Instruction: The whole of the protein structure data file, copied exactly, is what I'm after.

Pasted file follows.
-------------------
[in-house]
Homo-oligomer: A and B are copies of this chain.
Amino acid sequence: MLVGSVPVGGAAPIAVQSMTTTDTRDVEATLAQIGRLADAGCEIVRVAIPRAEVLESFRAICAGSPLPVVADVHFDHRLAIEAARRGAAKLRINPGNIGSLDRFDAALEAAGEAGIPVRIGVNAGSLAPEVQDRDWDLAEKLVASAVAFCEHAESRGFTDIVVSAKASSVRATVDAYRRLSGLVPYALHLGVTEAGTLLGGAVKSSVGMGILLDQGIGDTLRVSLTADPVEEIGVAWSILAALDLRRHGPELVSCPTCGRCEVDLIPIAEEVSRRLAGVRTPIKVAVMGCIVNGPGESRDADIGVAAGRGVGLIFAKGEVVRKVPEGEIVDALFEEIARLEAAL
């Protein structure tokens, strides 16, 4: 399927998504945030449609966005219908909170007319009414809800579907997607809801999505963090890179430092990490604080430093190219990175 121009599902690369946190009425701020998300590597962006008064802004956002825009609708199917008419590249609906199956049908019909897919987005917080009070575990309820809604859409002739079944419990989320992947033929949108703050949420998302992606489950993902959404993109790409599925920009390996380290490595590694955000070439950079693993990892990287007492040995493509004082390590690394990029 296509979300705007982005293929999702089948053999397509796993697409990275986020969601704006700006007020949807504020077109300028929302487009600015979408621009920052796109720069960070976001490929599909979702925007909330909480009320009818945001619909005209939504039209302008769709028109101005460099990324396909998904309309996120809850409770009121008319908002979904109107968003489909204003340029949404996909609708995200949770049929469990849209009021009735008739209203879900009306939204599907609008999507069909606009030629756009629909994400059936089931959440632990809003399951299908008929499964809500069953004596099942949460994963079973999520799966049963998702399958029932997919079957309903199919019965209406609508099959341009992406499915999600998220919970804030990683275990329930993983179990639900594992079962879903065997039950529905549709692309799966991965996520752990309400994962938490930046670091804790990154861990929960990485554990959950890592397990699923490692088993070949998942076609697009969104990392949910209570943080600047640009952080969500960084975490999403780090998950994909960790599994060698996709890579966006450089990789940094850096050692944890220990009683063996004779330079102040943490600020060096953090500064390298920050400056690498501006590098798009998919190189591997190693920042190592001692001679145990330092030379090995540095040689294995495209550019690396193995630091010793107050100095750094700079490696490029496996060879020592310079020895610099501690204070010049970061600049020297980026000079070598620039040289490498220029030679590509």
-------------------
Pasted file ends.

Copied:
[in-house]
Homo-oligomer: A and B are copies of this chain.
Amino acid sequence: MLVGSVPVGGAAPIAVQSMTTTDTRDVEATLAQIGRLADAGCEIVRVAIPRAEVLESFRAICAGSPLPVVADVHFDHRLAIEAARRGAAKLRINPGNIGSLDRFDAALEAAGEAGIPVRIGVNAGSLAPEVQDRDWDLAEKLVASAVAFCEHAESRGFTDIVVSAKASSVRATVDAYRRLSGLVPYALHLGVTEAGTLLGGAVKSSVGMGILLDQGIGDTLRVSLTADPVEEIGVAWSILAALDLRRHGPELVSCPTCGRCEVDLIPIAEEVSRRLAGVRTPIKVAVMGCIVNGPGESRDADIGVAAGRGVGLIFAKGEVVRKVPEGEIVDALFEEIARLEAAL
């Protein structure tokens, strides 16, 4: 399927998504945030449609966005219908909170007319009414809800579907997607809801999505963090890179430092990490604080430093190219990175 121009599902690369946190009425701020998300590597962006008064802004956002825009609708199917008419590249609906199956049908019909897919987005917080009070575990309820809604859409002739079944419990989320992947033929949108703050949420998302992606489950993902959404993109790409599925920009390996380290490595590694955000070439950079693993990892990287007492040995493509004082390590690394990029 296509979300705007982005293929999702089948053999397509796993697409990275986020969601704006700006007020949807504020077109300028929302487009600015979408621009920052796109720069960070976001490929599909979702925007909330909480009320009818945001619909005209939504039209302008769709028109101005460099990324396909998904309309996120809850409770009121008319908002979904109107968003489909204003340029949404996909609708995200949770049929469990849209009021009735008739209203879900009306939204599907609008999507069909606009030629756009629909994400059936089931959440632990809003399951299908008929499964809500069953004596099942949460994963079973999520799966049963998702399958029932997919079957309903199919019965209406609508099959341009992406499915999600998220919970804030990683275990329930993983179990639900594992079962879903065997039950529905549709692309799966991965996520752990309400994962938490930046670091804790990154861990929960990485554990959950890592397990699923490692088993070949998942076609697009969104990392949910209570943080600047640009952080969500960084975490999403780090998950994909960790599994060698996709890579966006450089990789940094850096050692944890220990009683063996004779330079102040943490600020060096953090500064390298920050400056690498501006590098798009998919190189591997190693920042190592001692001679145990330092030379090995540095040689294995495209550019690396193995630091010793107050100095750094700079490696490029496996060879020592310079020895610099501690204070010049970061600049020297980026000079070598620039040289490498220029030679590509």